Wednesday 22 June 2022 10:59 PM No officers were sacked despite 265 complaints over Rotherham sex abuse, report ... trends now
Failed leadership, officers lacking any ‘professional curiosity’, a culture in which underage victims were seen as responsible, IT systems ‘not fit for purpose’ and a widespread failure to record and investigate serious crimes meant the horrific sexual exploitation of children continued for years unchallenged.
Among the worst examples of police behaviour was an officer telling the father of a 15-year-old rape victim that her ordeal would teach her a lesson.
Another girl was handed over to police in a child abduction case as part of a ‘deal’ not to arrest the alleged abductor. Officers also found her and an abuser ‘half-naked’ in a bedroom with the girl hiding under the bed, but failed to investigate him.
One sexual abuse victim’s father said an officer told him nothing could be done due to racial tensions.
Details of the ‘significant failings’ by South Yorkshire Police were revealed yesterday in a report by the Independent Office for Police Conduct (IOPC) into police actions between 1997 and 2013 concerning the sexual exploitation of girls, mainly by Asian grooming gangs in Rotherham. Operation Linden was the second-largest inquiry ever carried out by the police watchdog.
It found a mountain of evidence detailing negligent, incompetent and unprofessional police work in handling sexual abuse of children, but officers either retired to escape punishment or were allowed to carry on in their jobs.
The IOPC spent eight years and £6 million on 93 investigations covering 265 allegations by 51 complainants. They investigated 47 officers and upheld 43 complaints.
Eight officers had a case to answer for misconduct and six for gross misconduct, but seven avoided disciplinary action by retiring. Despite the millions spent on the inquiry, just two officers received written warnings and three were given ‘words of advice’. The Crown Prosecution Service decided against charges in the only potential criminal case – for a data breach.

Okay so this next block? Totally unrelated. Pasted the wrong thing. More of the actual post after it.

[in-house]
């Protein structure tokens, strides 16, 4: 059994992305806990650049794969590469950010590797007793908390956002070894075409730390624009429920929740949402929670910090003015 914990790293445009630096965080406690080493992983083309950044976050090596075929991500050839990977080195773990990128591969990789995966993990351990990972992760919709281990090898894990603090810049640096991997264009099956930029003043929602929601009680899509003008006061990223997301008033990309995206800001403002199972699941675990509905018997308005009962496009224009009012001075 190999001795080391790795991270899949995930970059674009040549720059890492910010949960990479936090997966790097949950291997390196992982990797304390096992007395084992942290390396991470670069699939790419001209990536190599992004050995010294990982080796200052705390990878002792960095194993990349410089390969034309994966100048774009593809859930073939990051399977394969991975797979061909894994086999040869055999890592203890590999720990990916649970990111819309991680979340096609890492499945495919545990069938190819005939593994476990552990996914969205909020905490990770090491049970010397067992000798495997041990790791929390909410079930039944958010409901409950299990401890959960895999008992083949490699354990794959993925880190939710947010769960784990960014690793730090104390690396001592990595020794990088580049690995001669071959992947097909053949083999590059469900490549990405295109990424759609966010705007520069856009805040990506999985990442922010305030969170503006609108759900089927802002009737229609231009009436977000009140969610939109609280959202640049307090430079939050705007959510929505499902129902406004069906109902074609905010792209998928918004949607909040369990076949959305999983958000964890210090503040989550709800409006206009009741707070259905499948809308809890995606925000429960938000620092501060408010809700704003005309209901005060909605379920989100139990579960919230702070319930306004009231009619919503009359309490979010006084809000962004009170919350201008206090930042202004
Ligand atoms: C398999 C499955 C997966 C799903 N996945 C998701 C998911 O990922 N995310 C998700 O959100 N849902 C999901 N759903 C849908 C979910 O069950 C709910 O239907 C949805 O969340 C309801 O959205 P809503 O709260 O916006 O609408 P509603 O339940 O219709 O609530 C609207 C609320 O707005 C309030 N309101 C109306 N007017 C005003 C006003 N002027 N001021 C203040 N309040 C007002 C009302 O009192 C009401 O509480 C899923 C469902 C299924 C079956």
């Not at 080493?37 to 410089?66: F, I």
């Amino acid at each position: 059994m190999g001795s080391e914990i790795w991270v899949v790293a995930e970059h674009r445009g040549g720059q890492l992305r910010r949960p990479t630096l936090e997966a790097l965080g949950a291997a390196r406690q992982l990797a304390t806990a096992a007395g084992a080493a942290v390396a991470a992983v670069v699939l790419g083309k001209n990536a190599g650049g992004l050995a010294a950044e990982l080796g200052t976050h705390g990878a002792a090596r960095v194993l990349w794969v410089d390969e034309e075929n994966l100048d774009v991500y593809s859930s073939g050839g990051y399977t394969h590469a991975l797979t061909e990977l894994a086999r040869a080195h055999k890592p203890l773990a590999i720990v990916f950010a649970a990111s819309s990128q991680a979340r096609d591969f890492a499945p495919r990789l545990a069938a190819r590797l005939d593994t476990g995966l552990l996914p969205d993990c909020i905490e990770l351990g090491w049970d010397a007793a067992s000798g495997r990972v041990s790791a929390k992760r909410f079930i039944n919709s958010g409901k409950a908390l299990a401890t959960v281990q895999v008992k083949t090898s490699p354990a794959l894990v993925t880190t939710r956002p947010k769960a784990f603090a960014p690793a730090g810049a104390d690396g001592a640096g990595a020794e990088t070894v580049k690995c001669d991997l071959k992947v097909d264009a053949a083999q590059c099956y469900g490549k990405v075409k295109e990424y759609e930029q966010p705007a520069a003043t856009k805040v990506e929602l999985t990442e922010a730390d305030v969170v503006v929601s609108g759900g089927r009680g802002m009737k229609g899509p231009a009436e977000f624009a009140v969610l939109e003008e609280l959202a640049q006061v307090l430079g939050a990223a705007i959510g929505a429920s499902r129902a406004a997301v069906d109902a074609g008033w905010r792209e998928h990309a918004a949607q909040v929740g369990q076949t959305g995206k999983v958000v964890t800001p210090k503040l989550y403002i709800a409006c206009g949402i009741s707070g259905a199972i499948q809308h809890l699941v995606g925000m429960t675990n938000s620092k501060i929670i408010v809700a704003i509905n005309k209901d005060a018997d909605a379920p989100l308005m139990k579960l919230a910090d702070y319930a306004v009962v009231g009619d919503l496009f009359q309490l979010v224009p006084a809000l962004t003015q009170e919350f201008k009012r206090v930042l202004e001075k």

Dr Alan Billings, South Yorkshire’s Police and Crime Commissioner, said the report ‘fails to identify any individual accountability’ and ‘as a result it lets down victims and survivors’.
The IOPC report detailed dozens of complaints against police. Many officers regarded the victims – predominantly underage white girls – as criminals.
The report said their persistent fear of the abusers was compounded by a distrust of police. Some were so traumatised by the lack of help they considered or attempted suicide. When staff dealing with sexual exploitation raised concerns, they were told policing priorities lay with other crimes such as burglary and car crime.
A member of the Rochdale grooming gang yesterday said he shouldn’t be deported back to Pakistan because he was a ‘role model’ for his teenage son.
Adil Khan, 52, was jailed for eight years in 2012 after he got a 13-year-old girl pregnant. He was one of nine men jailed after the gang were arrested – a year before the Rotherham scandal.
To the horror of their victims, Khan and fellow abuser Qari Abdul Rauf have fought a seven-year battle to avoid being sent to Pakistan. The pair say it would breach their right to private and family life under the European Convention on Human Rights.
As a final deportation hearing began yesterday, an immigration judge asked Khan what impact deportation would have on his son. He replied: ‘As you know, the father figure is very important in every culture in the world, to be a role model for the child, to tell him or her right from wrong.’
Lawyers for Rauf, 53, are also expected to argue that he has renounced his Pakistani citizenship, therefore cannot be sent back there.
Khan is representing himself. The hearing continues.
The report said a common theme of complaints was how little police understood about child sexual abuse.
Many had no training to deal with the specialist area of policing and some didn’t understand the law. One detective constable commented at a child protection conference that a girl of 12 had consented to sexual encounters, despite the law being clear that a child of her age cannot give consent.
An officer who worked in the field said that in 2008 ‘there was no concept that there was a hidden issue of children being groomed and manipulated into abuse’.
Police officers were said to ask inappropriate questions to abuse girls, such as ‘are you able to enjoy sex?’.It was also ‘accepted practice’ for child concern referrals to be written off with no action taken if there was no victim complaint.
The original Rotherham abuse report by Professor Alexis Jay, published in 2014, highlighted how authorities failed to take action against Asian suspects for fear of being labelled racist. The IOPC investigators found that was also the view of some victims.
There was awareness among frontline officers of the high proportion of Asian men